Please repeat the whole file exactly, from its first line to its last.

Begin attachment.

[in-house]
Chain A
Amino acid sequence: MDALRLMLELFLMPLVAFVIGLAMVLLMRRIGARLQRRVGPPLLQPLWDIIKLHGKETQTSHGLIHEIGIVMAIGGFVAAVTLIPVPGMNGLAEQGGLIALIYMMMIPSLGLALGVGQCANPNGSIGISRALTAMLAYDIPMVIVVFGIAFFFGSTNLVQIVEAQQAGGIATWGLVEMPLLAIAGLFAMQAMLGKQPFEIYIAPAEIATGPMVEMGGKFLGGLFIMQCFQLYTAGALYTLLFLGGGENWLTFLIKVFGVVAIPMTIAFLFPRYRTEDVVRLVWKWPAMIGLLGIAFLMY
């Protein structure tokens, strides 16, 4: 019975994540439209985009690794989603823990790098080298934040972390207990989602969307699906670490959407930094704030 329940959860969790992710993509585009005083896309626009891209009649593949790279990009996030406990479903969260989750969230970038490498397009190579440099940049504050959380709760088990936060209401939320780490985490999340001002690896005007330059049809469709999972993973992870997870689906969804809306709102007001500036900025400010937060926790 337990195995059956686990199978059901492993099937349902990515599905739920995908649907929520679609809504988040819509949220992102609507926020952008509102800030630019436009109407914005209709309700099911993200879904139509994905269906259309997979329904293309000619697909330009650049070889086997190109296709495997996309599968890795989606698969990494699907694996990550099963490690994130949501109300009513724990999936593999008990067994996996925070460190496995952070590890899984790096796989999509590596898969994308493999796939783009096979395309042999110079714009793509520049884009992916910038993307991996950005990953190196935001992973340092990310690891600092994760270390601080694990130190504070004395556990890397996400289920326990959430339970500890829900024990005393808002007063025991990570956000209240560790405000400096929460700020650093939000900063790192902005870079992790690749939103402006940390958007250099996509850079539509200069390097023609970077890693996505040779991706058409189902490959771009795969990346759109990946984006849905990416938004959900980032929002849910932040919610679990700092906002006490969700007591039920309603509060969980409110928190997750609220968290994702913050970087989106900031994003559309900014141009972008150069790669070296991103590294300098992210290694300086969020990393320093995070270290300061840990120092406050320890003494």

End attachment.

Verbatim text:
[in-house]
Chain A
Amino acid sequence: MDALRLMLELFLMPLVAFVIGLAMVLLMRRIGARLQRRVGPPLLQPLWDIIKLHGKETQTSHGLIHEIGIVMAIGGFVAAVTLIPVPGMNGLAEQGGLIALIYMMMIPSLGLALGVGQCANPNGSIGISRALTAMLAYDIPMVIVVFGIAFFFGSTNLVQIVEAQQAGGIATWGLVEMPLLAIAGLFAMQAMLGKQPFEIYIAPAEIATGPMVEMGGKFLGGLFIMQCFQLYTAGALYTLLFLGGGENWLTFLIKVFGVVAIPMTIAFLFPRYRTEDVVRLVWKWPAMIGLLGIAFLMY
């Protein structure tokens, strides 16, 4: 019975994540439209985009690794989603823990790098080298934040972390207990989602969307699906670490959407930094704030 329940959860969790992710993509585009005083896309626009891209009649593949790279990009996030406990479903969260989750969230970038490498397009190579440099940049504050959380709760088990936060209401939320780490985490999340001002690896005007330059049809469709999972993973992870997870689906969804809306709102007001500036900025400010937060926790 337990195995059956686990199978059901492993099937349902990515599905739920995908649907929520679609809504988040819509949220992102609507926020952008509102800030630019436009109407914005209709309700099911993200879904139509994905269906259309997979329904293309000619697909330009650049070889086997190109296709495997996309599968890795989606698969990494699907694996990550099963490690994130949501109300009513724990999936593999008990067994996996925070460190496995952070590890899984790096796989999509590596898969994308493999796939783009096979395309042999110079714009793509520049884009992916910038993307991996950005990953190196935001992973340092990310690891600092994760270390601080694990130190504070004395556990890397996400289920326990959430339970500890829900024990005393808002007063025991990570956000209240560790405000400096929460700020650093939000900063790192902005870079992790690749939103402006940390958007250099996509850079539509200069390097023609970077890693996505040779991706058409189902490959771009795969990346759109990946984006849905990416938004959900980032929002849910932040919610679990700092906002006490969700007591039920309603509060969980409110928190997750609220968290994702913050970087989106900031994003559309900014141009972008150069790669070296991103590294300098992210290694300086969020990393320093995070270290300061840990120092406050320890003494």